The page on the customer review site trustpilot.com that is supposed to be for Folsom & Co. instead contains reviews of a company called So coastal, which also sells “free” watches that are poorly reviewed. #So coastal shows up as a hashtag included in some of Folsom & Co.’s Instagram posts, alongside other misleading or nonsensical hashtags like #newyorkfashionweek (not during New York Fashion Week), or #foreverandeverdior. Looking further, So coastal turns out to be a near-identical website to Folsom & Co., except that it claims to be in the South of Fifth neighborhood of Miami Beach, with products inspired by Miami neighborhoods and phenomena, like “Art Basal (sic).” Our watch, called “The Jones” by Folsom & Co., is called “The Elite” by So coastal.
Literally the only difference between the sites is where they claim to be based. Folsom & Co. draws on the San Francisco hipster-barbershop aesthetic circa 2010, and names its watches after streets in San Francisco. So coastal, on the other hand, strives to seem more beachy, offering sunglasses in addition to watches. The header image of So coastal’s site is a royalty-free stock image of a surfer from Shutterstock. (Folsom and Co.’s header image, meanwhile, is ripped from an article about Simple Watch Company, an Australian brand.)
I absolutely love this piece.
Tangentially, you’ve got to wonder how many different industries have been radically overhauled by the rise of fast fashion. Half of the stores in your average mall and a bunch of the kiosks seem to be selling effectively the same products with different names on them. Go on Etsy these days and you can find dozens of copies of the exact same nautical-themed bracelet sold by different vendors. I’m not referring to similar-looking variants of the same item, but identical items sold under different brands.
As Odell notes in her piece, it isn’t any one factor — one-click DIY shopping websites, social media advertising, fast fashion, or increased access to fulfilment option — that has made this sort of thing possible. It’s all of those factors combined.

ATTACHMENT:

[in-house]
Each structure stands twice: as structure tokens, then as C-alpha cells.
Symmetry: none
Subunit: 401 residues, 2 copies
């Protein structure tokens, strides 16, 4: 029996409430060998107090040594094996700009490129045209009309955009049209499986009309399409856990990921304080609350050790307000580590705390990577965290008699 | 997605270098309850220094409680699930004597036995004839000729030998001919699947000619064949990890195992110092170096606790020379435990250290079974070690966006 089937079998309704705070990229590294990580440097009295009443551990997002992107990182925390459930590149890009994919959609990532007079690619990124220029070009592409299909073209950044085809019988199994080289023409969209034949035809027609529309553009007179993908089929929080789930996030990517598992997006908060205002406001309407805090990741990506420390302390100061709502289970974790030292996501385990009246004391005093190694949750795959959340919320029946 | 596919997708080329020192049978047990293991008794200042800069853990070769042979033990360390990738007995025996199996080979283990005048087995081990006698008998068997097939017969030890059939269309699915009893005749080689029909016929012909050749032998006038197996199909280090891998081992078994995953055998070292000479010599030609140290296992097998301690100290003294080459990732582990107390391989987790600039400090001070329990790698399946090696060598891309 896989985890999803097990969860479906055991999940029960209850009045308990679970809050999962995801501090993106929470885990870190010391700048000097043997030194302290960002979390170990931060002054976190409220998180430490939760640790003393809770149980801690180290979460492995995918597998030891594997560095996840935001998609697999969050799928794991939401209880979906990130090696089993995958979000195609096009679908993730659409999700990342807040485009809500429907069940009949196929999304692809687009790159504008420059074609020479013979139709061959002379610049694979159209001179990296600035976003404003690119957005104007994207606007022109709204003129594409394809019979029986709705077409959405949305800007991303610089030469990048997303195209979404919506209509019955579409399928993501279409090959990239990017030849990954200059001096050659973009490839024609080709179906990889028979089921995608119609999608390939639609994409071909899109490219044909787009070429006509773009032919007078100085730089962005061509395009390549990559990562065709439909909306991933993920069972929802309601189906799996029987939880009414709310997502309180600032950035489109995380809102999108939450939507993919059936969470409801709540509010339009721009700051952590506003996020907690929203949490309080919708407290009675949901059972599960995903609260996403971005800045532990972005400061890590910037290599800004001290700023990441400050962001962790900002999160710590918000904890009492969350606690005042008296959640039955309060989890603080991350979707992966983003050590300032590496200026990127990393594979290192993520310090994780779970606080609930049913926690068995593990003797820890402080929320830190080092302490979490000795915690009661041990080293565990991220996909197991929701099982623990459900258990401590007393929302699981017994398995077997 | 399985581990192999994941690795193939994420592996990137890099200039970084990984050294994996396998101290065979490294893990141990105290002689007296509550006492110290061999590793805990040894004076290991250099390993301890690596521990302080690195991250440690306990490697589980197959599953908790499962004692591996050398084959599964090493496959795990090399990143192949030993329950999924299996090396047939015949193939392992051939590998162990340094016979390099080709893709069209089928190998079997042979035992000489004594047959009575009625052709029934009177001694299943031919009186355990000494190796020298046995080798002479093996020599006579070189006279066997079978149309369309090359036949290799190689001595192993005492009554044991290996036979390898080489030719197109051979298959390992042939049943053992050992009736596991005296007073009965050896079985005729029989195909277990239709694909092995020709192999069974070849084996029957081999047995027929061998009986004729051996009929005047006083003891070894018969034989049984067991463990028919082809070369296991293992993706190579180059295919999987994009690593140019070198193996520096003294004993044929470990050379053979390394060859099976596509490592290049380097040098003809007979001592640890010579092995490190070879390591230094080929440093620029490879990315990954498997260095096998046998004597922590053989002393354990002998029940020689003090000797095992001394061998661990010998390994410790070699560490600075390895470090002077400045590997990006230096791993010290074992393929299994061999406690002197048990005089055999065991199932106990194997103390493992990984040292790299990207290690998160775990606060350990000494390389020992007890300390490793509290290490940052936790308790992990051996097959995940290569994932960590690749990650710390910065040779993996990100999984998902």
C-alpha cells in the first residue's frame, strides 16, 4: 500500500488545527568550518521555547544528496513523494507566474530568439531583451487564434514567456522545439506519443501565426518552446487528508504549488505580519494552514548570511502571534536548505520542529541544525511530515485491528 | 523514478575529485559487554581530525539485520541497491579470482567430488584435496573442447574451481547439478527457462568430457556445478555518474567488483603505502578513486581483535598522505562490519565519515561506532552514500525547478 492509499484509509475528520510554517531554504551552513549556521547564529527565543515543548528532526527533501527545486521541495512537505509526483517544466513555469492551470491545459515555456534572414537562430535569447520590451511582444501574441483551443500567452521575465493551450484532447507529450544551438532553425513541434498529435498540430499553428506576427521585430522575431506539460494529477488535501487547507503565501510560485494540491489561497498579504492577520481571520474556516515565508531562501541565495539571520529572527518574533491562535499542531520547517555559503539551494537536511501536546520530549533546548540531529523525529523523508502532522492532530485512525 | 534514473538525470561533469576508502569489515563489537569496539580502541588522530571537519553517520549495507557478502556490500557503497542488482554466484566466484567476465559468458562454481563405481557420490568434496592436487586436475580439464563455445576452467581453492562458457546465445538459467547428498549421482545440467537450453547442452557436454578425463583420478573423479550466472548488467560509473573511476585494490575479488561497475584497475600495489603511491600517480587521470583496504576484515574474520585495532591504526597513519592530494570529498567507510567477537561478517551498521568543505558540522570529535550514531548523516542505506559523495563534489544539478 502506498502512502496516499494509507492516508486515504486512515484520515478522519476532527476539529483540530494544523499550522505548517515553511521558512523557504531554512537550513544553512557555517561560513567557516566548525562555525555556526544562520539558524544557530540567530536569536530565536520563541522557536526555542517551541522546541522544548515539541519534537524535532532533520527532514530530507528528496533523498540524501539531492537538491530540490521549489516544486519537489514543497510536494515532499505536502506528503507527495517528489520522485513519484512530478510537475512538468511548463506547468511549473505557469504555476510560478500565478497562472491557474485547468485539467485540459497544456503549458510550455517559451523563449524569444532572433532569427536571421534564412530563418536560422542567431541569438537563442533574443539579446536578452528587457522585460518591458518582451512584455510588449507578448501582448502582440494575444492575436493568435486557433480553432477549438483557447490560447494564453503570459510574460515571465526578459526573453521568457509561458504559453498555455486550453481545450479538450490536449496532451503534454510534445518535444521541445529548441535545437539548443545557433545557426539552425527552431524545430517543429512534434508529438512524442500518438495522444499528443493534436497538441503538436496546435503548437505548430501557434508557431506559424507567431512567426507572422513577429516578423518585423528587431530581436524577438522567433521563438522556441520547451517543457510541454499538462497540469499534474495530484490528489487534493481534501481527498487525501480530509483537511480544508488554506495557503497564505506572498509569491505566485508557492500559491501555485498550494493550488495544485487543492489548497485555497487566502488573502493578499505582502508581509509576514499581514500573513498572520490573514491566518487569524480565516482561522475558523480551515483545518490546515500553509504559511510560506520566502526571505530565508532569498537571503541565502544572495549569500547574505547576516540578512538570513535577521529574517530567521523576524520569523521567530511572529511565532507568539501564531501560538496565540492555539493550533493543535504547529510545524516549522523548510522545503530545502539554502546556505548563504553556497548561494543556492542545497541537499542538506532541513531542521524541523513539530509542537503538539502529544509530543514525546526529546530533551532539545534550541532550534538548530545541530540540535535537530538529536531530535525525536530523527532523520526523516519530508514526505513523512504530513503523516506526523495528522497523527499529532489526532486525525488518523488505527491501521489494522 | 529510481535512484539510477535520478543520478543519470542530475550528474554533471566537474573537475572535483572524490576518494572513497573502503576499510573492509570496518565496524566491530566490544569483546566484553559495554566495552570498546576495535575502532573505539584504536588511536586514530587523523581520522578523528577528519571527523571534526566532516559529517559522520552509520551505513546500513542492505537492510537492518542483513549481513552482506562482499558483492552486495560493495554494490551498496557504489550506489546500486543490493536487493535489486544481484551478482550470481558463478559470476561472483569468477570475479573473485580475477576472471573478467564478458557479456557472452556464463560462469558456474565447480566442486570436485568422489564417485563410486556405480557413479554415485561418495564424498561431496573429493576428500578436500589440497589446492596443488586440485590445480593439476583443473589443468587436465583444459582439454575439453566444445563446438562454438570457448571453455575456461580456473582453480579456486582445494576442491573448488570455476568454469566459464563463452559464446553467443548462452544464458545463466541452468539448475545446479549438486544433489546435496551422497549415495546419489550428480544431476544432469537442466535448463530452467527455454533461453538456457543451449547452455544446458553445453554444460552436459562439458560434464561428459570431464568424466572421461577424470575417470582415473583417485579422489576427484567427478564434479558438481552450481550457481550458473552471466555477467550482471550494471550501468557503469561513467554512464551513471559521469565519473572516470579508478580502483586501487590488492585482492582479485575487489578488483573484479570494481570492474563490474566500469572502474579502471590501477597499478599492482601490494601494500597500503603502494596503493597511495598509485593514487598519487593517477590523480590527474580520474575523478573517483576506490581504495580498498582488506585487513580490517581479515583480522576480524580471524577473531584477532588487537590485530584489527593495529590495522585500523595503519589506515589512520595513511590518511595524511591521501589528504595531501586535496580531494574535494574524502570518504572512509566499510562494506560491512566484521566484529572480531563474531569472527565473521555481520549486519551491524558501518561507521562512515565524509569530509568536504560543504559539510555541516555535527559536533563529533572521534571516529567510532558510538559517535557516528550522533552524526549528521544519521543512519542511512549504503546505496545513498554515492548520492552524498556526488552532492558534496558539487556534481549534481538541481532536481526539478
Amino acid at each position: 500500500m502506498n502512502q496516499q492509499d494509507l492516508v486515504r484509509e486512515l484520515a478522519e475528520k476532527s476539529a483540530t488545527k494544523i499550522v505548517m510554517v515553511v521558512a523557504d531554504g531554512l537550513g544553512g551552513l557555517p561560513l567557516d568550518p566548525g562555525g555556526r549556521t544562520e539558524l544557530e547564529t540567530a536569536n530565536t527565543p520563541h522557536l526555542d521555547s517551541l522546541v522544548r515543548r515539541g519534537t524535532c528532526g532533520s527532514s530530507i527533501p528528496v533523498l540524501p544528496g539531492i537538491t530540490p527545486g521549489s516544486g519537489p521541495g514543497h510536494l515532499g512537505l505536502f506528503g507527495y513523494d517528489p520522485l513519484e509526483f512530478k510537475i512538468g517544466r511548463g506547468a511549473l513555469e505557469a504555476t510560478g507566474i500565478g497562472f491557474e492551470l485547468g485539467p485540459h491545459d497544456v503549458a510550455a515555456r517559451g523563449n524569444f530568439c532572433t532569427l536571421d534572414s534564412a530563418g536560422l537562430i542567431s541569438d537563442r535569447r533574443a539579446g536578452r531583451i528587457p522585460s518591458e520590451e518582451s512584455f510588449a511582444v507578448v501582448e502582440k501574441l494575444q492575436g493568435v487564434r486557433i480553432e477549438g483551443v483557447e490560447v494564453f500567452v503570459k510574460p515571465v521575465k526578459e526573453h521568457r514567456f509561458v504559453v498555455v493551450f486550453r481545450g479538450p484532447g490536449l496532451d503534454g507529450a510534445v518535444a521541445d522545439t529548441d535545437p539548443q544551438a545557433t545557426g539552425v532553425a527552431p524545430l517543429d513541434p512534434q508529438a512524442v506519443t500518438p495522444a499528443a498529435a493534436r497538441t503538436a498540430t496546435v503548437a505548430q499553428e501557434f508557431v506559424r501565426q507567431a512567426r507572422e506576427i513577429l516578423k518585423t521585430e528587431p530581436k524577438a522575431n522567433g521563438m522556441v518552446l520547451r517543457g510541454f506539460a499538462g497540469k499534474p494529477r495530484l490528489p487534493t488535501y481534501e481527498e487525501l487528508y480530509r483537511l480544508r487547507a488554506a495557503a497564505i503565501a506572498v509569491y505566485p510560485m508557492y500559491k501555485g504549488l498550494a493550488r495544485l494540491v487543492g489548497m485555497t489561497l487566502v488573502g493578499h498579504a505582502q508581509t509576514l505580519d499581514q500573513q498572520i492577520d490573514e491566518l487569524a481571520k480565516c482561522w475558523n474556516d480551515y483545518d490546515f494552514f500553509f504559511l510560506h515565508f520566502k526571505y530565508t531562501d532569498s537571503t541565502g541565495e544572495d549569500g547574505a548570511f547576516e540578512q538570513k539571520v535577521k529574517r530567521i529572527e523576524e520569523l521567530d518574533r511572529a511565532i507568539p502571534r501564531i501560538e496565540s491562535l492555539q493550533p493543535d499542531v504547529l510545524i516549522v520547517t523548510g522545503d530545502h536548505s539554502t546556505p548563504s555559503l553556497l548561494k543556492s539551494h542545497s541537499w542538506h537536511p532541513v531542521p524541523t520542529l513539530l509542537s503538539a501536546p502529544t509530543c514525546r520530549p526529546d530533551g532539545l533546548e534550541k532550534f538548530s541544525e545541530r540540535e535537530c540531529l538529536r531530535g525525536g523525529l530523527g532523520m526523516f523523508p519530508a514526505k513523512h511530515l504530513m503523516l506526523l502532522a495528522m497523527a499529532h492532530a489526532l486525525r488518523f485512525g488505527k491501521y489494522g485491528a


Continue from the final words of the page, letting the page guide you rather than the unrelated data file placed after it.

David Von Drehle, writing yesterday in the Washington Post:
Steve Jobs gave us President Trump
That is quite the headline. And you can probably see where it’s going already, can’t you?
Von Drehle compares Sen. Mitch McConnell to an abbott in a monastery, dutifully hand-writing and binding Bibles, then spends the next several paragraphs drawing the requisite comparison between the introduction of the iPhone to Gutenberg’s printing press, and how that helped fuel the Enlightenment and, by extension, the founding of the United States.
But one thing is clear after the election of 2016 — the first American election truly dominated by mobile communication and the social networking it sparks […]
Is it, though? Von Drehle’s use of the word “dominated” seems rather loose: the last U.S. Presidential election was huge on Twitter — if not at the same scale as this one, though I couldn’t find an equivalent official news release. The Atlanticspecifically cited the effectiveness of Barack Obama’s social media strategy in their photo essay of the night, while one of the biggest stories of the night was Trump’s multi-tweet rant about the president losing the popular vote while winning the electoral college, despite that being false.
We saw last year that the power of the smartphone is vaporizing these [traditional functions of a political party]. Donald Trump captured the Republican ballot line even though he had no appreciable connection to the Republican Party. Nothing like it had ever happened to an American political party. Trump had his own access to television after decades as a public performer and provocateur. More important, though, was the way he leveraged his celebrity via smartphone. His millions of followers on Twitter and Facebook became a rapidly growing Party of Trump. His supporters felt a personal and authentic connection that left no room for mediation by GOP elites.
Considering this, it seems completely arbitrary to me cite Apple’s introduction of the iPhone under Steve Jobs as the single key thing that got Trump the presidency. Why not cite Heinrich Hertz for discovering electromagnetic waves, or Tim Berners-Lee for inventing the World Wide Web, or Jack Dorsey, et. al., for creating Twitter, or whoever was the project lead on the Samsung Galaxy S3, Trump’s personal phone?
It doesn’t need to be stated that the iPhone had an overwhelming impact on the industry. But its introduction did not make Trump president any more than it made Obama president. Citing Jobs as being a singlehanded force in either’s election is clickbait, and nothing more.
Moreover, it’s highly uncertain how much compromise is possible in this new age of direct connectivity. Any Democrat who votes for legislation that frees McConnell from a jam and gives the president an occasion to brag is likely to face a storm of Internet opposition.
In short, Pennsylvania Avenue is not the place to read the future of politics. Look instead toward Cupertino, Calif., where on Sept. 12 a new iPhone will remind us that change is the new normal.